Wisconsin smelled roses in 2011 with back-to-back Big Ten Championships. Can a third be in order?
In an off-season marred by the Penn State scandal, sanctions to Ohio State and team movement across the NCAA, it's about time we got back to football. The Big Ten is still one of the most competitive conferences in college football with Wisconsin seeking a three-peat as conference champions, Michigan looking stronger than ever, Nebraska set to challenge and Michigan State looking to get back to the championship game.
Who will win the Big Ten in 2012?
Heisman candidate Montee Ball is back for the Badgers this season, looking to chase the rushing title, and a Rose Bowl Championship
1. Wisconsin Badgers - 10-2 (6-2)
The Badgers lost key parts to their offense from last season, particularly QB Russell Wilson. But running back Montee Ball is back for another year, and will likely challenge for another Heisman-like year. Couple that with running back James White and that ferocious offensive line, and the Badgers are going to have the Big Ten's best rushing tandem. At quarterback, Wilson's replacement Danny O'Brien, last year's ACC Rookie of the Year at Maryland, is a change of pace on offense. Unlike Wilson, O'Brien is a pocket passer who will take his time to hit his targets, and not flush out of the pocket easily. On defense, linebacker Mike Taylor returns for his senior year making the Badgers a consistent threat on defense.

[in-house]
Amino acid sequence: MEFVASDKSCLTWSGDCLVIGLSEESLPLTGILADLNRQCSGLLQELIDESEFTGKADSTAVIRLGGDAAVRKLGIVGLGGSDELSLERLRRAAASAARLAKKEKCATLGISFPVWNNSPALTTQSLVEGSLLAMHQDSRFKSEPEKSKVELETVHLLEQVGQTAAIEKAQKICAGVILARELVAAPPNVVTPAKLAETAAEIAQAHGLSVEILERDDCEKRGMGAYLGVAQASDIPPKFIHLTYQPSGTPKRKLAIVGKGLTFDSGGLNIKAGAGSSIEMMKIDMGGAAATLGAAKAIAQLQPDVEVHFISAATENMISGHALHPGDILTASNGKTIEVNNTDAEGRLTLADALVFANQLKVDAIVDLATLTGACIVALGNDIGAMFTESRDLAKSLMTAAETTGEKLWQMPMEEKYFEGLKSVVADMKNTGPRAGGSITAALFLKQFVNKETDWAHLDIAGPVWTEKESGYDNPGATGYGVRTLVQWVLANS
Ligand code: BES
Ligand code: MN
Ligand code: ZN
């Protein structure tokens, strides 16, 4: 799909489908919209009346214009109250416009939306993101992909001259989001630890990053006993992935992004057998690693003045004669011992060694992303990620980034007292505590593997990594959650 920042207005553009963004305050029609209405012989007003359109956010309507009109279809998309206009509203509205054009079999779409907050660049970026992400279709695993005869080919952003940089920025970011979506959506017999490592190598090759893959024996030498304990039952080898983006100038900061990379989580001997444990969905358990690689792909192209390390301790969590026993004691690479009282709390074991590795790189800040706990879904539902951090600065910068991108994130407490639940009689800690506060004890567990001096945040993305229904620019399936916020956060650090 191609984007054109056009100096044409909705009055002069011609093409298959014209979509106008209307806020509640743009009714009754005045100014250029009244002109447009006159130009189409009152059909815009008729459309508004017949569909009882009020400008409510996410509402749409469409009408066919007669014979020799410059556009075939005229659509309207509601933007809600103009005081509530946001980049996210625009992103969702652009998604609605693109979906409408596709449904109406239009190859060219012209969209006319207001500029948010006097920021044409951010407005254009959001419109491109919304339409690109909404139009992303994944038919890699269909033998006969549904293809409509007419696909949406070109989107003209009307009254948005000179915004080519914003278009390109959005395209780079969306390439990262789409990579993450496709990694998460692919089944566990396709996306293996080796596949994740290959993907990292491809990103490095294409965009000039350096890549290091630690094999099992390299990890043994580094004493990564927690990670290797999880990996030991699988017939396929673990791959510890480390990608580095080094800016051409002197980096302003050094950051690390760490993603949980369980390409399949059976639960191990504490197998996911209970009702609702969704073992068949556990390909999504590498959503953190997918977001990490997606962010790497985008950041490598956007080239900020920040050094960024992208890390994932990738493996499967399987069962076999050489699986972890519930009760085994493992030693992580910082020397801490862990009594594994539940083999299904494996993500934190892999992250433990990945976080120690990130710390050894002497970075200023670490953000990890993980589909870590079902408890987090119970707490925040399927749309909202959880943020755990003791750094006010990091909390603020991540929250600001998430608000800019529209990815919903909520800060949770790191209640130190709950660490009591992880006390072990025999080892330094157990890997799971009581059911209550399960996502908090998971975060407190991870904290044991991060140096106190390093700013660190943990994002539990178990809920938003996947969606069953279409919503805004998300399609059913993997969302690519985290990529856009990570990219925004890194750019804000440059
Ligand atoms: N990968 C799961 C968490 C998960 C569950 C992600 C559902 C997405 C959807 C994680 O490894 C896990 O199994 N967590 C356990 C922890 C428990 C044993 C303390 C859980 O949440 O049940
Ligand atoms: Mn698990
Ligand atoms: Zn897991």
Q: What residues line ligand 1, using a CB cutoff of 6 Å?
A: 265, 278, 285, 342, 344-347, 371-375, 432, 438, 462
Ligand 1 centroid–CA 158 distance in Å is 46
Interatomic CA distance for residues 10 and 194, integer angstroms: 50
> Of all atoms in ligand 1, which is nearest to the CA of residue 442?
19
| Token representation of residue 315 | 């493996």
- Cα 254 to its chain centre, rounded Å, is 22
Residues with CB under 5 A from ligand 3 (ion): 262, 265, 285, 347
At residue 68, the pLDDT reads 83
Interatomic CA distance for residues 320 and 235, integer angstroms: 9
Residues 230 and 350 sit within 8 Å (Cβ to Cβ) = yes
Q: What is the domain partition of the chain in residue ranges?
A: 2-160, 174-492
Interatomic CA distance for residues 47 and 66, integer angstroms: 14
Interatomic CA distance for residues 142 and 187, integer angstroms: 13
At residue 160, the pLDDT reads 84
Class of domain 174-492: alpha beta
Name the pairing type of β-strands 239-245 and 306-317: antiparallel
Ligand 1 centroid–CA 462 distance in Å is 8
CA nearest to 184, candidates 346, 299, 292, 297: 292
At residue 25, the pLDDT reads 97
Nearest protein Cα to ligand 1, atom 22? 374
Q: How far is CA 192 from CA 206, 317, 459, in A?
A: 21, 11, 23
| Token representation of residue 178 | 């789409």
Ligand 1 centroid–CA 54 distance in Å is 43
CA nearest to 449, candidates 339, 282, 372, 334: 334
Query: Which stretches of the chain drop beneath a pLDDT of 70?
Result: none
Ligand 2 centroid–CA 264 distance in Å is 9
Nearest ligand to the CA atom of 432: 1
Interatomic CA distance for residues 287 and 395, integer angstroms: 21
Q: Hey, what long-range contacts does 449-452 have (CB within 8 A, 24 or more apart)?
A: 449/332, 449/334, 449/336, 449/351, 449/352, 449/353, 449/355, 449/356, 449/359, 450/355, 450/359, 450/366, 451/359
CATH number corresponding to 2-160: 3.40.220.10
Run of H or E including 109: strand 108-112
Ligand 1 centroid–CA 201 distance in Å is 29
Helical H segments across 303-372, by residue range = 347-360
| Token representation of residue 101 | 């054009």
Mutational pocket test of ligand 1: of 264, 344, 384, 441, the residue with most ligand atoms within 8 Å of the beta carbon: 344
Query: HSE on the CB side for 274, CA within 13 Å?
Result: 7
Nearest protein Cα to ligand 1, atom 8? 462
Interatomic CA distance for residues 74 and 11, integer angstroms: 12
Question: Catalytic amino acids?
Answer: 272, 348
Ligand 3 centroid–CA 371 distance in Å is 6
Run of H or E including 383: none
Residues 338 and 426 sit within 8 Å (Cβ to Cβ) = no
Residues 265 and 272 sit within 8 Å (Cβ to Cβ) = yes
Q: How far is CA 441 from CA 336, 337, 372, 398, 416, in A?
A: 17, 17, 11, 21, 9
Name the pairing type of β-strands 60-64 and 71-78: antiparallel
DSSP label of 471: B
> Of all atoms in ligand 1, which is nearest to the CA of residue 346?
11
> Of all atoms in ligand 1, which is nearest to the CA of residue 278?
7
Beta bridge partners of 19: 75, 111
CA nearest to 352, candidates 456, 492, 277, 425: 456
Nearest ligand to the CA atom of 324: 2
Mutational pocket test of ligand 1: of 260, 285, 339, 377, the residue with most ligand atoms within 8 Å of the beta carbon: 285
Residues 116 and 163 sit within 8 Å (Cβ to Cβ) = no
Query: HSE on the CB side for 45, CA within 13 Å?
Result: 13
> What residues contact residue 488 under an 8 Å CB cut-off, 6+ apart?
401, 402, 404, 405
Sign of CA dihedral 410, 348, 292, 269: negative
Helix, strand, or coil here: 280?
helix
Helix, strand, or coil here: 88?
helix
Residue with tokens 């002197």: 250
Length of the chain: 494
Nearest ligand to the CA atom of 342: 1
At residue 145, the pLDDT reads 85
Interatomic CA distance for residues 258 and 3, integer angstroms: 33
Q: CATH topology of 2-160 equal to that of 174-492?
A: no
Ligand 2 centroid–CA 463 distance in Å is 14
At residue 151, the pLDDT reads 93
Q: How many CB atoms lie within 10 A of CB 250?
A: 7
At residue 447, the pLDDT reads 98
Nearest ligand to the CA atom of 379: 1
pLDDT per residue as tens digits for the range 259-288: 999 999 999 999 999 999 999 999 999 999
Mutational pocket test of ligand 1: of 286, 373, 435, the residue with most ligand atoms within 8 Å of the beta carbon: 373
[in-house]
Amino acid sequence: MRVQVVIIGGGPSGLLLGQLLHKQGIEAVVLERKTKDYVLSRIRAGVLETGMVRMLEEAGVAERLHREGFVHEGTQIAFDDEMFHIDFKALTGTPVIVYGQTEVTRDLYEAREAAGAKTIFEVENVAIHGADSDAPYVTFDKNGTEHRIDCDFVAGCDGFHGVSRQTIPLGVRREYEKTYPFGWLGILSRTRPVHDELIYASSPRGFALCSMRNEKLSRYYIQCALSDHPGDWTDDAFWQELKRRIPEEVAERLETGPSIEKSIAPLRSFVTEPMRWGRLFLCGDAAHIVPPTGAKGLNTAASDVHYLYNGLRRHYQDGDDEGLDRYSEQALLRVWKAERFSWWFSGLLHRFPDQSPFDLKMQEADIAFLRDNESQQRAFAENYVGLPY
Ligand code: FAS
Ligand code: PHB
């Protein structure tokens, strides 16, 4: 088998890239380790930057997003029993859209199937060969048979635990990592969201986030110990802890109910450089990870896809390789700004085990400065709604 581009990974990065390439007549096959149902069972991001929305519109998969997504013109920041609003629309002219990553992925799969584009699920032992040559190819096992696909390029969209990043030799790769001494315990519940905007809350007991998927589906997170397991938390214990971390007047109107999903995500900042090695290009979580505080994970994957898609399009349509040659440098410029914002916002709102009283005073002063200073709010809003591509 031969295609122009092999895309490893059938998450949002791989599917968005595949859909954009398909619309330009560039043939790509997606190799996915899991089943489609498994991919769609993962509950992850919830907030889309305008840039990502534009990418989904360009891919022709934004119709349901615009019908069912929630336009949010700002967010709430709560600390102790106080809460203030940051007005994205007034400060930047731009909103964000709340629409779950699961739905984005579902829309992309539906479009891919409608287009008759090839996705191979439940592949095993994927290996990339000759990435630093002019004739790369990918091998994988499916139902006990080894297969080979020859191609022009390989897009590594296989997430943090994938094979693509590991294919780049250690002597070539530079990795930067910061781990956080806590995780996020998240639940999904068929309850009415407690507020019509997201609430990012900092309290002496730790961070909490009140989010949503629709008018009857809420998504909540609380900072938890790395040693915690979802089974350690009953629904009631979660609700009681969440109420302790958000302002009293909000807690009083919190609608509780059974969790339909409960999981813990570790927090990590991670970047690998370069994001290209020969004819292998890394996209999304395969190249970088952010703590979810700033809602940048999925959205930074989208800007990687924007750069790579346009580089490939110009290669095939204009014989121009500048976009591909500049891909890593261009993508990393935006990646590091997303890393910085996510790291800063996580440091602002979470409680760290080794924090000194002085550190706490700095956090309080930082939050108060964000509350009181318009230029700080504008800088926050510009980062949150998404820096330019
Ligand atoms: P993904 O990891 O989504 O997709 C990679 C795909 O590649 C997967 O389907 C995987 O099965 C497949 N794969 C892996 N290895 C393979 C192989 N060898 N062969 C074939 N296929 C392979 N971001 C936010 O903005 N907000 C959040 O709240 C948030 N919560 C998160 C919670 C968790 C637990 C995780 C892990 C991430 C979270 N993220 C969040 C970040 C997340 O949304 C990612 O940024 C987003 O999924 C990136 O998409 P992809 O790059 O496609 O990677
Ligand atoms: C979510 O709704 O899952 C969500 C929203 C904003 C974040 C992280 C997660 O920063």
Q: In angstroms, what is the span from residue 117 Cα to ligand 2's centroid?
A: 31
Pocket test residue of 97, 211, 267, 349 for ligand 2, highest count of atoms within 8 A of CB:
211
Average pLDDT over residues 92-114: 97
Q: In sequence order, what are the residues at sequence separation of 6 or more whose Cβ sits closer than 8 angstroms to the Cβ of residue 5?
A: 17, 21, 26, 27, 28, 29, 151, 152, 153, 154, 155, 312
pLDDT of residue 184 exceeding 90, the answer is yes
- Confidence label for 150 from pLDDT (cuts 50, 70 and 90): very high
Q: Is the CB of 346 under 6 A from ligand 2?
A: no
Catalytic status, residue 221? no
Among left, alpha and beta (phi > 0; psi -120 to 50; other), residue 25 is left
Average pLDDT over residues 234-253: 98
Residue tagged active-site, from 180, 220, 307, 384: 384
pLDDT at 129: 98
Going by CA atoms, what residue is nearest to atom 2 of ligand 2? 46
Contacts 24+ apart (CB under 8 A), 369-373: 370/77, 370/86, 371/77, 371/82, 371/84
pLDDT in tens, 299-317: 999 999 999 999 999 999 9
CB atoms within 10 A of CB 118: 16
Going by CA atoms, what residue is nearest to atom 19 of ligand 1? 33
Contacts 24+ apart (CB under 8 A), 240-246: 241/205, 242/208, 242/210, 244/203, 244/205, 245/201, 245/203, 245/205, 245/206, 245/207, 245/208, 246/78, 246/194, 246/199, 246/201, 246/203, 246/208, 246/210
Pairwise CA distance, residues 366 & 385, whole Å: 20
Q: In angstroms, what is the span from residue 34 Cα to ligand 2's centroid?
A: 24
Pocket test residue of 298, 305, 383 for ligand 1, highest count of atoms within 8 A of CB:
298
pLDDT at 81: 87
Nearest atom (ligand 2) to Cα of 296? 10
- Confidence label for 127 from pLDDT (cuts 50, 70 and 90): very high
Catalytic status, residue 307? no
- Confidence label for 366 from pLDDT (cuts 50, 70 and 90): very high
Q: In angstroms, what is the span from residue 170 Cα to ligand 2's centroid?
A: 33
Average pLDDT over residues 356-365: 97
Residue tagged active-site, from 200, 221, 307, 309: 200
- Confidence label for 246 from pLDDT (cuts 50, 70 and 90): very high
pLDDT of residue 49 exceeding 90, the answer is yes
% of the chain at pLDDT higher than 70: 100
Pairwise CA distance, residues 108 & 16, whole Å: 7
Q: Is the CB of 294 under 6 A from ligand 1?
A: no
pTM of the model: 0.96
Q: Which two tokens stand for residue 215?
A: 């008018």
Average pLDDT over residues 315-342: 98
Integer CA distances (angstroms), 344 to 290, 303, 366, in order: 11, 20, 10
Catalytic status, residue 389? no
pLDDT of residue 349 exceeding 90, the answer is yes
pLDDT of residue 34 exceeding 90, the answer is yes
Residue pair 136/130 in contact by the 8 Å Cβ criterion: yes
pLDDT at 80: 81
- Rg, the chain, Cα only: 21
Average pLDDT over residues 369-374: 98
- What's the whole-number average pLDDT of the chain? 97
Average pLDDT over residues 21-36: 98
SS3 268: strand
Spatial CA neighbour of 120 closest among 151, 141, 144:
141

2. Ohio State Buckeyes - 10-2 (6-2)
Urban Meyer's first season at the helm of OSU is most certainly going to be interesting. First of all, NCAA sanctions prevent the Buckeyes from participating in the Big Ten Championship game, or any bowl game. Therefore, this season is simply for Meyer to lay the foundation for the future. It's a shame, too, because they're loaded with talent to execute Meyer's spread offense, starting with quarterback Braxton Miller. The defense is predicated on shutting down the run, then going on the attack, which will be highly entertaining to watch. The Buckeyes have an eight-game home schedule finishing with Michigan coming into the Horseshoe. Though they won't have much to play for, Ohio State will most certainly be exciting to watch.
3. Illinois Fighting Illini - 6-6 (3-5)